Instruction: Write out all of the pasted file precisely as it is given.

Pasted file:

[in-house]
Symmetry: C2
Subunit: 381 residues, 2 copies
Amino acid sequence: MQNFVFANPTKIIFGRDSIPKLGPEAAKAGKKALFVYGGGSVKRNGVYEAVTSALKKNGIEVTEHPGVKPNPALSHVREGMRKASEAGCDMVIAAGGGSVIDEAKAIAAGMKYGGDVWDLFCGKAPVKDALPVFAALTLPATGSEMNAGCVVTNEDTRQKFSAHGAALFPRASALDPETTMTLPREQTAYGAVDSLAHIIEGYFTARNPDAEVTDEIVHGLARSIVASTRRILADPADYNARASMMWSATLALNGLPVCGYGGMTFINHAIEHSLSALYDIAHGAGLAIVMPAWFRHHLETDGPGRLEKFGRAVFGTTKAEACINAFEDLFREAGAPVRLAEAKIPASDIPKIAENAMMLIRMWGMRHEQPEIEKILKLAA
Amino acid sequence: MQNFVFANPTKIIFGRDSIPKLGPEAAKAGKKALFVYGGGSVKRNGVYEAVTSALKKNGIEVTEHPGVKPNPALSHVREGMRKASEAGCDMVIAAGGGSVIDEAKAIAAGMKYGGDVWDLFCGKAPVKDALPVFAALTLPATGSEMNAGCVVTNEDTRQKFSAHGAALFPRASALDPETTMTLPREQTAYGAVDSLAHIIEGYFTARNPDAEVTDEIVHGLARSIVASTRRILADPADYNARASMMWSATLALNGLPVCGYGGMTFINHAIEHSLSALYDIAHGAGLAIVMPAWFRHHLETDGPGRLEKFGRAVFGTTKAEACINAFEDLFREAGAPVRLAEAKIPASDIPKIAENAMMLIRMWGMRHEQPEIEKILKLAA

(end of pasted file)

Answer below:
[in-house]
Symmetry: C2
Subunit: 381 residues, 2 copies
Amino acid sequence: MQNFVFANPTKIIFGRDSIPKLGPEAAKAGKKALFVYGGGSVKRNGVYEAVTSALKKNGIEVTEHPGVKPNPALSHVREGMRKASEAGCDMVIAAGGGSVIDEAKAIAAGMKYGGDVWDLFCGKAPVKDALPVFAALTLPATGSEMNAGCVVTNEDTRQKFSAHGAALFPRASALDPETTMTLPREQTAYGAVDSLAHIIEGYFTARNPDAEVTDEIVHGLARSIVASTRRILADPADYNARASMMWSATLALNGLPVCGYGGMTFINHAIEHSLSALYDIAHGAGLAIVMPAWFRHHLETDGPGRLEKFGRAVFGTTKAEACINAFEDLFREAGAPVRLAEAKIPASDIPKIAENAMMLIRMWGMRHEQPEIEKILKLAA
Amino acid sequence: MQNFVFANPTKIIFGRDSIPKLGPEAAKAGKKALFVYGGGSVKRNGVYEAVTSALKKNGIEVTEHPGVKPNPALSHVREGMRKASEAGCDMVIAAGGGSVIDEAKAIAAGMKYGGDVWDLFCGKAPVKDALPVFAALTLPATGSEMNAGCVVTNEDTRQKFSAHGAALFPRASALDPETTMTLPREQTAYGAVDSLAHIIEGYFTARNPDAEVTDEIVHGLARSIVASTRRILADPADYNARASMMWSATLALNGLPVCGYGGMTFINHAIEHSLSALYDIAHGAGLAIVMPAWFRHHLETDGPGRLEKFGRAVFGTTKAEACINAFEDLFREAGAPVRLAEAKIPASDIPKIAENAMMLIRMWGMRHEQPEIEKILKLAA